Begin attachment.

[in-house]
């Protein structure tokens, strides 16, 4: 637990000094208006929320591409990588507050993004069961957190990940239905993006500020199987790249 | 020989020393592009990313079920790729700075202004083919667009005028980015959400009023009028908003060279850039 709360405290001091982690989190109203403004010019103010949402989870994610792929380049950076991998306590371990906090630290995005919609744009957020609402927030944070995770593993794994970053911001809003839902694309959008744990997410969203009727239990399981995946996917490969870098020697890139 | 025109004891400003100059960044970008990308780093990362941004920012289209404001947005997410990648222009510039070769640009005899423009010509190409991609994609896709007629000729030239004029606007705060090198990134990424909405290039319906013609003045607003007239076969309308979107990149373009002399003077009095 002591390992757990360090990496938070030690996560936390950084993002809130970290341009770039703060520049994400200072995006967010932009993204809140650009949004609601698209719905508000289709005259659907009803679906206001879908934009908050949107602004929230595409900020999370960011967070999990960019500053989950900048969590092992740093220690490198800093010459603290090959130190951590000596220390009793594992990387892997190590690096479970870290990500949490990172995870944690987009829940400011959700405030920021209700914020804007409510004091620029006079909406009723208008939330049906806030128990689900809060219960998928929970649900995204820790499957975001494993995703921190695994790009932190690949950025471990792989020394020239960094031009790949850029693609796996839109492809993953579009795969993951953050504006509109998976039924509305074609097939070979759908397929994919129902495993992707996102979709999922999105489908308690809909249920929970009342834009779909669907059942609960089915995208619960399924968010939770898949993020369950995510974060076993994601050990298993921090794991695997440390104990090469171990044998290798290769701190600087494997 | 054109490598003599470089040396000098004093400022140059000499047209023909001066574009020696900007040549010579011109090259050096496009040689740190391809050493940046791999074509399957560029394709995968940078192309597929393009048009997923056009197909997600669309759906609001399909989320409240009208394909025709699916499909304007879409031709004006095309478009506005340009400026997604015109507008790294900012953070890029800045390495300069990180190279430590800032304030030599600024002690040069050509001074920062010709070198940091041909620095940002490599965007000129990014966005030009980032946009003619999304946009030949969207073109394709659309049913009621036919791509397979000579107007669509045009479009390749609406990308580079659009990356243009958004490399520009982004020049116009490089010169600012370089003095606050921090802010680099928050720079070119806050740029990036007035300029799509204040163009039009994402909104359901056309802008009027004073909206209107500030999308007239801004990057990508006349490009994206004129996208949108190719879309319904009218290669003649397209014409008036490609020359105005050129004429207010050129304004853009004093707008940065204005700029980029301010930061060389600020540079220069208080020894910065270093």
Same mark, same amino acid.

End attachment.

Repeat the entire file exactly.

[in-house]
């Protein structure tokens, strides 16, 4: 637990000094208006929320591409990588507050993004069961957190990940239905993006500020199987790249 | 020989020393592009990313079920790729700075202004083919667009005028980015959400009023009028908003060279850039 709360405290001091982690989190109203403004010019103010949402989870994610792929380049950076991998306590371990906090630290995005919609744009957020609402927030944070995770593993794994970053911001809003839902694309959008744990997410969203009727239990399981995946996917490969870098020697890139 | 025109004891400003100059960044970008990308780093990362941004920012289209404001947005997410990648222009510039070769640009005899423009010509190409991609994609896709007629000729030239004029606007705060090198990134990424909405290039319906013609003045607003007239076969309308979107990149373009002399003077009095 002591390992757990360090990496938070030690996560936390950084993002809130970290341009770039703060520049994400200072995006967010932009993204809140650009949004609601698209719905508000289709005259659907009803679906206001879908934009908050949107602004929230595409900020999370960011967070999990960019500053989950900048969590092992740093220690490198800093010459603290090959130190951590000596220390009793594992990387892997190590690096479970870290990500949490990172995870944690987009829940400011959700405030920021209700914020804007409510004091620029006079909406009723208008939330049906806030128990689900809060219960998928929970649900995204820790499957975001494993995703921190695994790009932190690949950025471990792989020394020239960094031009790949850029693609796996839109492809993953579009795969993951953050504006509109998976039924509305074609097939070979759908397929994919129902495993992707996102979709999922999105489908308690809909249920929970009342834009779909669907059942609960089915995208619960399924968010939770898949993020369950995510974060076993994601050990298993921090794991695997440390104990090469171990044998290798290769701190600087494997 | 054109490598003599470089040396000098004093400022140059000499047209023909001066574009020696900007040549010579011109090259050096496009040689740190391809050493940046791999074509399957560029394709995968940078192309597929393009048009997923056009197909997600669309759906609001399909989320409240009208394909025709699916499909304007879409031709004006095309478009506005340009400026997604015109507008790294900012953070890029800045390495300069990180190279430590800032304030030599600024002690040069050509001074920062010709070198940091041909620095940002490599965007000129990014966005030009980032946009003619999304946009030949969207073109394709659309049913009621036919791509397979000579107007669509045009479009390749609406990308580079659009990356243009958004490399520009982004020049116009490089010169600012370089003095606050921090802010680099928050720079070119806050740029990036007035300029799509204040163009039009994402909104359901056309802008009027004073909206209107500030999308007239801004990057990508006349490009994206004129996208949108190719879309319904009218290669003649397209014409008036490609020359105005050129004429207010050129304004853009004093707008940065204005700029980029301010930061060389600020540079220069208080020894910065270093």
Same mark, same amino acid.